U.S. President Donald Trump’s administration entered into an agreement with American biotech company Moderna for 100 million doses of its experimental coronavirus vaccine, the White House and the drugmaker announced on Tuesday.
“I’m pleased to announce that we have reached an agreement with Moderna to manufacture and deliver 100 million doses of their coronavirus vaccine candidate,” Trump told reporters. “The federal government will own these vaccine doses; we’re buying them.”
Moderna Chief Executive Stéphane Bancel welcomed the deal in a statement issued Tuesday.
“We appreciate the confidence of the U.S. government in our mRNA vaccine platform and the continued support,” he declared.
Moderna’s vaccine is reportedly estimated to cost about $15 per dose.
According to the company, the government will provide the vaccine to the U.S. public free of charge.
The U.S. Department of Health and Human Services (HHS) explained on Tuesday:
If these doses are used in a COVID-19 [coronavirus disease] vaccination campaign, the vaccine would be available to the American people at no cost. As is customary with government-purchased vaccines, healthcare professionals could charge for the cost of administering the vaccine.
Under the agreement, the government will reportedly have the option to buy up to an additional 400 million additional doses.
“With the latest deal, the U.S. has agreed to spend more than $9 billion for the shots,” the Wall Street Journal noted on Tuesday. “It has also invested in vaccine research and development, as well as supplies like vials and syringes.”
The agreement marked the sixth vaccine-related deal by the U.S. government, which has already secured over 500 million doses from other drugmakers as part of Operation Warp Speed, including Johnson & Johnson, Novavax, Pfizer and Sanofi, and AstraZeneca.
President Trump has promised to develop and deliver a safe and effective vaccine in record time (by January 2021) through his administration’s multi-billion-dollar Operation Warp Speed, a public-private partnership.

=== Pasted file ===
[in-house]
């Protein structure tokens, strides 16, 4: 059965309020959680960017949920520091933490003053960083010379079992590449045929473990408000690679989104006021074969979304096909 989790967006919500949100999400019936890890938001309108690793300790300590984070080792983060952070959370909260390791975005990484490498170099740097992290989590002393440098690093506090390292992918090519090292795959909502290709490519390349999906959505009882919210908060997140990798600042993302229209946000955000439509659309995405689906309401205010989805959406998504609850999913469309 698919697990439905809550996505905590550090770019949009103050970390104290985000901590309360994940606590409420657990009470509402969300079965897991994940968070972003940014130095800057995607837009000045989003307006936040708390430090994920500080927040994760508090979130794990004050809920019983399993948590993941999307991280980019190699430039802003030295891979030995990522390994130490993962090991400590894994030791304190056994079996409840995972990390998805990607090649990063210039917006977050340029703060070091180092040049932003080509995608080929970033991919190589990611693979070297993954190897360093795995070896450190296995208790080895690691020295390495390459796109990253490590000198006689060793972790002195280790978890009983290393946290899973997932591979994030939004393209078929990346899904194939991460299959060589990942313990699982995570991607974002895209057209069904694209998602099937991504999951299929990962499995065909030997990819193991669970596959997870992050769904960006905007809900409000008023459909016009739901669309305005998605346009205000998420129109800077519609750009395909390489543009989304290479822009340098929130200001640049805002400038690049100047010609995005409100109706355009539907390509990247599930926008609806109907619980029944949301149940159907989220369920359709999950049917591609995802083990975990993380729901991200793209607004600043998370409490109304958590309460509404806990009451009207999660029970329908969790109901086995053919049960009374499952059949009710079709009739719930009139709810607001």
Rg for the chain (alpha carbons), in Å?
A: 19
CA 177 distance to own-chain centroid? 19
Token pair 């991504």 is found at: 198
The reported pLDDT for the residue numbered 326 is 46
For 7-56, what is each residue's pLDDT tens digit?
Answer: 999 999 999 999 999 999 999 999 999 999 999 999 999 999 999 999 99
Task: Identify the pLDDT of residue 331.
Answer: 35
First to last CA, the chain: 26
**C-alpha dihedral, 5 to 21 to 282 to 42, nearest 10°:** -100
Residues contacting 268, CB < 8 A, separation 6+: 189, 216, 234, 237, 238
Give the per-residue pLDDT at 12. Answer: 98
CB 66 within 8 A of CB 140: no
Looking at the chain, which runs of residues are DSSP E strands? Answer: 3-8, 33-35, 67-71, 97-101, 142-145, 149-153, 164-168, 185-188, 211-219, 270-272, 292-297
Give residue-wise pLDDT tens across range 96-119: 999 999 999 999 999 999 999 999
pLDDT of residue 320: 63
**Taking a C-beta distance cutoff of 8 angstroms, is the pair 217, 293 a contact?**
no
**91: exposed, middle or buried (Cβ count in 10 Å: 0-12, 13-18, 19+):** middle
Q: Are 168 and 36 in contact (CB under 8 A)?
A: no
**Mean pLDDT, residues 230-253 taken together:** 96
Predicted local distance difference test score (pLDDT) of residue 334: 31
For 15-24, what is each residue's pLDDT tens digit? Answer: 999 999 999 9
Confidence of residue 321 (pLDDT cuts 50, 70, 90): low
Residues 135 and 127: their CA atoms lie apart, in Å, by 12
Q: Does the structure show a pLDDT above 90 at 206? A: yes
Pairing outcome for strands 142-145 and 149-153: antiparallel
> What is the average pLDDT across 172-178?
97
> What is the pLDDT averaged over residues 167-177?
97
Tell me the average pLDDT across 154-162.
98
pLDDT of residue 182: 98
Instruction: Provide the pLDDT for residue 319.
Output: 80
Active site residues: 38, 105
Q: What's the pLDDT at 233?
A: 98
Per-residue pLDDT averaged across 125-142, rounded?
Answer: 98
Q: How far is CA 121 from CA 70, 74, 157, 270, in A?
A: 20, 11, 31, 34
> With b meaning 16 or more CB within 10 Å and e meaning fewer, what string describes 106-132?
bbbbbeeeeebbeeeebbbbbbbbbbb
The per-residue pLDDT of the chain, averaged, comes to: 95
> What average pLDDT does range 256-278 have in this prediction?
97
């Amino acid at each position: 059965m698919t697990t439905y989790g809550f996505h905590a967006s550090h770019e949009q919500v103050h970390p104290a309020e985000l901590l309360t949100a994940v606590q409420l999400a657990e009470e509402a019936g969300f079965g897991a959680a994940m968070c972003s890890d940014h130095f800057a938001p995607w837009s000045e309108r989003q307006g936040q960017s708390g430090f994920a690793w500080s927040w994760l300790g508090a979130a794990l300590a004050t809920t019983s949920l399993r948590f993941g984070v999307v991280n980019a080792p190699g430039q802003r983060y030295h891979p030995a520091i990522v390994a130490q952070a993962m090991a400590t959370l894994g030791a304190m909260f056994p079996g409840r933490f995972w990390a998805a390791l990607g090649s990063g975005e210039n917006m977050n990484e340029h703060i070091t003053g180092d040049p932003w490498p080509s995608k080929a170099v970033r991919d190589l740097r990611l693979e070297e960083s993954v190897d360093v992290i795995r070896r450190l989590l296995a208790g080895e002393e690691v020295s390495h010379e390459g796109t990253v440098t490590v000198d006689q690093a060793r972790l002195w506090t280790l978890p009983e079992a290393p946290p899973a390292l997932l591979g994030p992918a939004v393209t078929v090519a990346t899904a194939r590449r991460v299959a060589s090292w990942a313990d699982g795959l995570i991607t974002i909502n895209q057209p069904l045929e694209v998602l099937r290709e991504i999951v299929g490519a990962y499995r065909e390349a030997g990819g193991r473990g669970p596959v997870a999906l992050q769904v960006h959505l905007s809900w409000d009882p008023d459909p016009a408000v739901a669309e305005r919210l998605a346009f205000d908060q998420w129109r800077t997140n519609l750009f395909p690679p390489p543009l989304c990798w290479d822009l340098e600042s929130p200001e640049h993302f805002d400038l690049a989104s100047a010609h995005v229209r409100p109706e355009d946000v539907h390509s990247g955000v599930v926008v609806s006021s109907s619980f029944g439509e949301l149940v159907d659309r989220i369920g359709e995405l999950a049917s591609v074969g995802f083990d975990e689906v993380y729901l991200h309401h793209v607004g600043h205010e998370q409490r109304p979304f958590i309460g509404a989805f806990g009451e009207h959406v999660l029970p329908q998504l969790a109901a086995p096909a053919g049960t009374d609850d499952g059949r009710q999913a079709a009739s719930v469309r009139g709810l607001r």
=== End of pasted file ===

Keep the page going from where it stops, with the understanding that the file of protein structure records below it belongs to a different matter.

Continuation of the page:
“In creating a vaccine portfolio for Operation Warp Speed, the Trump Administration is increasing the likelihood that the United States will have at least one safe, effective vaccine by 2021,” HHS Secretary Alex Azar said in a statement on Tuesday.
Moderna is co-developing the vaccine with the U.S. National Institutes of Health (NIH), an HHS component.
The company received nearly $1 billion in American taxpayer funds for its research efforts, bringing total U.S. commitments to around $2.5 billion.
That will raise the price per dose to about $25, analysts at Morgan Stanley told the Journal.
In collaboration with the U.S. government, Moderna is already conducting the final part of a three-phase clinical trial to clear the vaccine for widespread use.
At the moment, the Moderna candidate is the only one in the final phase. The manufacturing of the doses purchased by the Trump administration will reportedly take place while the trials are underway.
There are about a dozen other vaccine candidates in the U.S., including five or six backed by the U.S. government, going into the Phase 3 trials over the next few months, Trump administration officials have said.
“There’s never a guarantee that you’re going to get a safe and effective vaccine,” Dr. Anthony Fauci, the nation’s top infectious disease expert, told lawmakers late last month.
“We feel cautiously optimistic that we will have a vaccine by the end of this year and as we go into 2021,” Fauci, a member of the White House Coronavirus Task Force, added.
Trump said that the U.S. might have a vaccine by the presidential Election Day on November 3.
“Moderna has previously said its vaccine could get emergency approval in the fall if it proves to work safely in late-stage clinical trials, and has begun ramping up manufacturing in advance,” the Wall Street Journal pointed out.